Most businesses rely heavily on technology and connectivity as part of their daily operations. Although IT experts are aware of the nature and extent of the risk of cyber events, the manner of response and costs of dealing with these events is often an unknown until one occurs.

Cyber insurance policies are designed to provide pre and post incident support to businesses against the growing threat of cyber events and ensure operational continuity throughout any cyber event.

The 5 biggest cyber breaches of all time are illustrative of the risks facing businesses:

1. Yahoo 2013-2014

All 3 billion users accounts were compromised (names, dates of birth, email addresses and passwords, security questions and answers) and knocked an estimated $350m off Yahoo’s sale price.

2. Marriott International from 2014-2018

500 million customers’ data was stolen (some combination of contact information, passport numbers, travel information, and other personal information) Marriott believes that credit card numbers and expiration dates of more than 100 million customers were stolen.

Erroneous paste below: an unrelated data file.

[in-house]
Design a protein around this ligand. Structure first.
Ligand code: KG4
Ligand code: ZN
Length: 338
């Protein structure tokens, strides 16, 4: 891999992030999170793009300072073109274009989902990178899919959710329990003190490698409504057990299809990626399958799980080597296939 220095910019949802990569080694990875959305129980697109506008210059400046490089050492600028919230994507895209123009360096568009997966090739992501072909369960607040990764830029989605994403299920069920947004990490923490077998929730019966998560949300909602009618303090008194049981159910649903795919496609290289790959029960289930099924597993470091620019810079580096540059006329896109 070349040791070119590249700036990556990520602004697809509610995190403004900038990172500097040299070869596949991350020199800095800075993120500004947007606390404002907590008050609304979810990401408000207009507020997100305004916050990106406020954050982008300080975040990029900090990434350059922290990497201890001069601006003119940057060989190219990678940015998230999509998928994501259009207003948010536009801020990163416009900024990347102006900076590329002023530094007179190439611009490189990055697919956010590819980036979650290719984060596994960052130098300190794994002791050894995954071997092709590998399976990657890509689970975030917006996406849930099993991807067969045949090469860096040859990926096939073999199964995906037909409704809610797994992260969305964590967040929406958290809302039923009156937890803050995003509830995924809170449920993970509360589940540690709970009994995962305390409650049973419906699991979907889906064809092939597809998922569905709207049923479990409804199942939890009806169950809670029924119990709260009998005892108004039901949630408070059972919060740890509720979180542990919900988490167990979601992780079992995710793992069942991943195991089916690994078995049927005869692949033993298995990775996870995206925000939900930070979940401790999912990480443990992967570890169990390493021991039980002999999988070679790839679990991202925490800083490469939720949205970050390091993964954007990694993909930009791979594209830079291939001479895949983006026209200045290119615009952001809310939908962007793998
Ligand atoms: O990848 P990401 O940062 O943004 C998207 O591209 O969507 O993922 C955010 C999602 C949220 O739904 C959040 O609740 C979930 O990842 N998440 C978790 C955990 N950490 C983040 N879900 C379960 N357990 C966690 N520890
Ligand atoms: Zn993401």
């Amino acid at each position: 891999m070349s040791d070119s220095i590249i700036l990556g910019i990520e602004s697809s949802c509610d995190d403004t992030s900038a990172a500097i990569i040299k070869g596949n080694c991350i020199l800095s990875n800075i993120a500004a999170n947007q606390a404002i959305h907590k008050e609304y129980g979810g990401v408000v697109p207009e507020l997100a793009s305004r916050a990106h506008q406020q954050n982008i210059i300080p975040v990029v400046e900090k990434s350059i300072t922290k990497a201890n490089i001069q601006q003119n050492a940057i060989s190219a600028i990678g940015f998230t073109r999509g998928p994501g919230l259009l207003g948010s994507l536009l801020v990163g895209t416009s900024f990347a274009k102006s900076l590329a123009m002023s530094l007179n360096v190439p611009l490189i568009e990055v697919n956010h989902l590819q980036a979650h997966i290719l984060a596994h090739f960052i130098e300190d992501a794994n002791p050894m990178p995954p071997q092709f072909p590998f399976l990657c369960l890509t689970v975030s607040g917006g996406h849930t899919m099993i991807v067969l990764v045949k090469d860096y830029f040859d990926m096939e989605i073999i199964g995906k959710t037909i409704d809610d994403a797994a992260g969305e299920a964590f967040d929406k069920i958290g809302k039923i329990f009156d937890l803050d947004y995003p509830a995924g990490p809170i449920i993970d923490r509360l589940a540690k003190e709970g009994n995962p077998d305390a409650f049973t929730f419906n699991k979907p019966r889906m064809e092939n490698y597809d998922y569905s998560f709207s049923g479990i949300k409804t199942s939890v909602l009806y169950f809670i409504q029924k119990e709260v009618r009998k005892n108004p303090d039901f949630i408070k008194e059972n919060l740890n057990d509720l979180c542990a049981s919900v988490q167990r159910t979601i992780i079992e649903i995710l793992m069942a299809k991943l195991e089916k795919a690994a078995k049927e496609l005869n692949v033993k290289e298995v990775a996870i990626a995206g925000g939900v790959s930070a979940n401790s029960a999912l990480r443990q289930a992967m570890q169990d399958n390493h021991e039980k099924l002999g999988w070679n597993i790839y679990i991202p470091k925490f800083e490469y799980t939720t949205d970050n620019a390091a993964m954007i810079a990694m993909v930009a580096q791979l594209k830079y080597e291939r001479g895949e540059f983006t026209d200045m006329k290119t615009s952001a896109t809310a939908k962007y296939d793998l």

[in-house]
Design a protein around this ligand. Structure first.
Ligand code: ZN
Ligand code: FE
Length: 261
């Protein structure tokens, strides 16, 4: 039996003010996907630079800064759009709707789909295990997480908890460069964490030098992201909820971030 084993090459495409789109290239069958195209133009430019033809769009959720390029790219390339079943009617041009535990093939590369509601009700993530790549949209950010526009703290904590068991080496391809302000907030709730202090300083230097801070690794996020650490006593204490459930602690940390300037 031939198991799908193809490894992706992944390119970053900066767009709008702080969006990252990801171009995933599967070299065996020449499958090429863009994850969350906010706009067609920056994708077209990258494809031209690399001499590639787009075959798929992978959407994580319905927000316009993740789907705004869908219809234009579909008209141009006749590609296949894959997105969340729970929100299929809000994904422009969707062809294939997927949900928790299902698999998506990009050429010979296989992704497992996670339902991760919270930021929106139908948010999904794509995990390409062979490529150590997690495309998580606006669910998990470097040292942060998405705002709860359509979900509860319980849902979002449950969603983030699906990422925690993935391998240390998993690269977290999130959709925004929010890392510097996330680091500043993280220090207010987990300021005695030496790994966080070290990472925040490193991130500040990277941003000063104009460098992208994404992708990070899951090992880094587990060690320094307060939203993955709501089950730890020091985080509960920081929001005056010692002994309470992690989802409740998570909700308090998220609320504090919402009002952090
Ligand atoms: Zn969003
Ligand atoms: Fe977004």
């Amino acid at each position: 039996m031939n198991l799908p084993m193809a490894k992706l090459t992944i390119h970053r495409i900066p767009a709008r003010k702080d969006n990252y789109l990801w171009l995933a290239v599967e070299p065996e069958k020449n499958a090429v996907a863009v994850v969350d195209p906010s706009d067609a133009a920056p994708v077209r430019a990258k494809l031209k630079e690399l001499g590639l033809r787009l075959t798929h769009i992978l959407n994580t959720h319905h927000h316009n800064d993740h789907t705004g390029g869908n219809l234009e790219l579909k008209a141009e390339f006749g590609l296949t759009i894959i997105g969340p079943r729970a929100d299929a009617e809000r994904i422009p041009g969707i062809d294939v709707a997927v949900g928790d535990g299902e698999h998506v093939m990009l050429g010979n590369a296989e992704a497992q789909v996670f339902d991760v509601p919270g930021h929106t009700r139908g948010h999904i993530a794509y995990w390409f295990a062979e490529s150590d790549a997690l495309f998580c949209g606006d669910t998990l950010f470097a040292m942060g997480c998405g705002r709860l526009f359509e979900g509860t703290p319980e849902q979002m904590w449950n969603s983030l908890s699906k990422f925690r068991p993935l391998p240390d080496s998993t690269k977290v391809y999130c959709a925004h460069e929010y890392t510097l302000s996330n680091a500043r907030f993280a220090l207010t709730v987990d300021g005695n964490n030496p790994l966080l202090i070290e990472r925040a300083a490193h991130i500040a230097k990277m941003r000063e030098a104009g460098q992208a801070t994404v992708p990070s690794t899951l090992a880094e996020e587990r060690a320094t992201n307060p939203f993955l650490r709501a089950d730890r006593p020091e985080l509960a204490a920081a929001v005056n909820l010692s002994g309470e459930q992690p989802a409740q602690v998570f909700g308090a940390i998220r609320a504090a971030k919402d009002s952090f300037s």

3. Adult Friend Finder October 2016

20 years of data was collected from six databases that included names, email addresses and passwords.  The passwords were largely weak and therefore 99% were hacked. 

4.  eBay May 2014

145 million users compromised - this hack exposed names, addresses, dates of birth and encrypted passwords. The company said hackers got into the company network using the credentials of three corporate employees, and had complete inside access for 229 days.  Thankfully, credit card details were stored elsewhere and were not compromised.

5.  Equifax July 2017

Equifax (a large credit bureau in the U.S.) had hackers access 147.9 million consumers’ personal information. including 209,000 who had their credit card data exposed.

According to Ponemon 2018 Cost of a Data Breach Study: Global Findings, in 2018 alone, 2.8 billion consumer data records were exposed at an estimated cost of more than US$654billion.   Of that 97% was personally identifiable information.  This was in spite of $114B investment in information security products and services.

What should you do

The best cyber policy for your business should be one customised to your unique business needs.  If you are concerned about cyber exposure, do not delay in speaking to your broker.